Love is the Killer App

book coverYesterday I wrote a bit about this book that I finished today, but I believe it deserves a full review. Tim Sanders, a Yahoo! guy, is officially one of the most sensitive business writers I have come across. This is not usually a genre of books that I seek out (marketing, business inspiration, etc.) but maybe I should check them out more often!

The book itself is an easy read. It is kind of like a prolonged conversation, or many thoughts that are put together. I kind of liked this aspect, which reflects the entire point of the book itself – what matters is how you think and feel, rather than constant business school, MBA jargon. I really liked this component to the writing because it made me feel like everyone can utilize these skills, and not just those working towards a bottom line.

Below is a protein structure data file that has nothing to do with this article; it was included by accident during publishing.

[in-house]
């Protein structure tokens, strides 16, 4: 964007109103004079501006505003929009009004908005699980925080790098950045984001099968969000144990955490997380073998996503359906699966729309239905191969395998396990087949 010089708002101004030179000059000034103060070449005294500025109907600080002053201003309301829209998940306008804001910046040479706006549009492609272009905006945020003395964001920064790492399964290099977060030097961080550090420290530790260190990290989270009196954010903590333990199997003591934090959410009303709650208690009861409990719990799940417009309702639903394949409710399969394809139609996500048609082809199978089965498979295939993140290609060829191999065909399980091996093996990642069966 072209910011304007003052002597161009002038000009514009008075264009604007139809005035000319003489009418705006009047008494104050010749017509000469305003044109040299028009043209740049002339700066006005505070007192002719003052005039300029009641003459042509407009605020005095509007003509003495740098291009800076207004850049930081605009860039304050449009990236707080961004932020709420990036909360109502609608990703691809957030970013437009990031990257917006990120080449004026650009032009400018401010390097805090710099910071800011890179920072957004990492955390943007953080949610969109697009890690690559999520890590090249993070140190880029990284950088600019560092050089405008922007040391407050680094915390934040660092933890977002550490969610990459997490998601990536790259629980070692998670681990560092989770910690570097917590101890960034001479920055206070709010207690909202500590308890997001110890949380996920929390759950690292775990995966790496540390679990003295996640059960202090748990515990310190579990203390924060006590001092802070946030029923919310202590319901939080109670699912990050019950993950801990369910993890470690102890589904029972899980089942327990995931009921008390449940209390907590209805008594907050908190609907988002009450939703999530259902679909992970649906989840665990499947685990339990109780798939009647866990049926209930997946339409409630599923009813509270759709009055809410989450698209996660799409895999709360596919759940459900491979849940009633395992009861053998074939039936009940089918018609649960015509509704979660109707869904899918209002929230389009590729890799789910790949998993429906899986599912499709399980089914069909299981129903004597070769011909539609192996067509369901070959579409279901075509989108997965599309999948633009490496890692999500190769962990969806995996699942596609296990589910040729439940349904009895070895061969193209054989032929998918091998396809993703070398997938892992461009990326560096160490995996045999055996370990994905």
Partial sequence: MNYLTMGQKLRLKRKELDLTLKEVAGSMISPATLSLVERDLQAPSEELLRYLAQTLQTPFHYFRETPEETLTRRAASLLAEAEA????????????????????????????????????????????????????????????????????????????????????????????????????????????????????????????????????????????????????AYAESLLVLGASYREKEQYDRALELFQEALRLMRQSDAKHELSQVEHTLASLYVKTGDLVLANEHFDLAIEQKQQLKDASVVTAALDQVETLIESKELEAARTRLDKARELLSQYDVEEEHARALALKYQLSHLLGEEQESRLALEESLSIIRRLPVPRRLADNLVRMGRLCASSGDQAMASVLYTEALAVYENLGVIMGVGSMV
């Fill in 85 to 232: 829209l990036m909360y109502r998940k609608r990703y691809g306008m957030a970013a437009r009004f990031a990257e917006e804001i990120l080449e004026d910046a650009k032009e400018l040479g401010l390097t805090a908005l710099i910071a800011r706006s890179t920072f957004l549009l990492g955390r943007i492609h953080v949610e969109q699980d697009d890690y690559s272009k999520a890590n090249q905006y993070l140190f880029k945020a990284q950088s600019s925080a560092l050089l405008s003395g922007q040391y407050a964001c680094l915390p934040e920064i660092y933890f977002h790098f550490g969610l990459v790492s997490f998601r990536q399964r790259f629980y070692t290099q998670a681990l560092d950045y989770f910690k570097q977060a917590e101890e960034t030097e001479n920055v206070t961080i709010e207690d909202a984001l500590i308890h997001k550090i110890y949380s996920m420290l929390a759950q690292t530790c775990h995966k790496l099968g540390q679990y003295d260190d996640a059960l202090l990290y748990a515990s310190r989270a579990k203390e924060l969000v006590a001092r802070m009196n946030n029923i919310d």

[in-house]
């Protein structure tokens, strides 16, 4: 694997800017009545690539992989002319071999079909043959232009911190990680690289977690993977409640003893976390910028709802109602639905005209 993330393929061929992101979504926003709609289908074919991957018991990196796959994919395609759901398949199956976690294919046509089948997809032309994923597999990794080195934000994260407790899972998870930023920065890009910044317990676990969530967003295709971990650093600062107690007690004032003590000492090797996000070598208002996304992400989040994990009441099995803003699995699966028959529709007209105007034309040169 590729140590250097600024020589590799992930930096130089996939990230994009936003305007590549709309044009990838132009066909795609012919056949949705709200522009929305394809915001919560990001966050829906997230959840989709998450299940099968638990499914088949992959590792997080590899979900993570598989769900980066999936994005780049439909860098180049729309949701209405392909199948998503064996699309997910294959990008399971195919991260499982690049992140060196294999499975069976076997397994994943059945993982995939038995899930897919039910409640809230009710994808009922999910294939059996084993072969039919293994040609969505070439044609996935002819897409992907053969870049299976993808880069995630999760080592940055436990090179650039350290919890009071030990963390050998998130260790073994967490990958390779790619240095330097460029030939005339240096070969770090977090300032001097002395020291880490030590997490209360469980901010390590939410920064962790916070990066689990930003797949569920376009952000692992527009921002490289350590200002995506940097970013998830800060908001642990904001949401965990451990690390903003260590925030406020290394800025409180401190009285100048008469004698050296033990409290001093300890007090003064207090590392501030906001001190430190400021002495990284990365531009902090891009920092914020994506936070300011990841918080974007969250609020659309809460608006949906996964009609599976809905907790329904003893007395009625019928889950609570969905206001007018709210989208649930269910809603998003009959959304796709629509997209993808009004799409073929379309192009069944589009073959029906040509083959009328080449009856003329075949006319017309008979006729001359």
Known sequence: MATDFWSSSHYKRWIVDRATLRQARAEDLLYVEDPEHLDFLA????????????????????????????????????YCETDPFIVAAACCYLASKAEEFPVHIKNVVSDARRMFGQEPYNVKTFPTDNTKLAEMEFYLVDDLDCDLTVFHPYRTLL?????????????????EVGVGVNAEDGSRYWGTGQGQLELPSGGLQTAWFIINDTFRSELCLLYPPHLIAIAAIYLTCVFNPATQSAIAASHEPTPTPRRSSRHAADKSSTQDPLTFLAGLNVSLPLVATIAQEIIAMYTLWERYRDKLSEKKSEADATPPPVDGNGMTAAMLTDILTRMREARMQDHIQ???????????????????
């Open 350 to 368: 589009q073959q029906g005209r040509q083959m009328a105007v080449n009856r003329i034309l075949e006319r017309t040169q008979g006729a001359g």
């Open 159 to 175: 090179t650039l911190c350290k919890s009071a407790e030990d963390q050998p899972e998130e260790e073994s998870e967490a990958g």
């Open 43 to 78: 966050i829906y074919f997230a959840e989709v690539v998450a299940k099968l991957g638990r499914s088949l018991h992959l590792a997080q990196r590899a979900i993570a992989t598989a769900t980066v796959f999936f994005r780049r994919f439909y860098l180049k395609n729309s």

In the nonprofit world, this is still a new idea. Using private sector models to generate lasting change. There is definitely passion and amazing things being done in grassroots organizations, but Sanders shows the ways in which networking is helpful, important, and ultimately a way to share knowledge with other people.

Another really great component of the book is his analysis of physical touch, and compassion towards other people. In my grad school program at The New School, I took a course in Organizational Change Management, a track at the school. It focused on group dynamic, building ideas, and other ways in which people’s personalities are reflective of what they can accomplish in any given assignment or task at work. It was a really great course.

Sanders shows exactly this type of finesse, as he discerns meanings of handshakes (single or double-handed), hugs, and knowing when certain people need certain types of personal treatment. Every person is different, and networking must be done in a very specific way.
I really related to this point because I think I am one of those people who needs to figure out how to approach others.
I am a bit shy, naturally, so sometimes this task is a challenge.

His book really made me consider the other types of things I can do to showcase my relevance to any particular conversation or topic.

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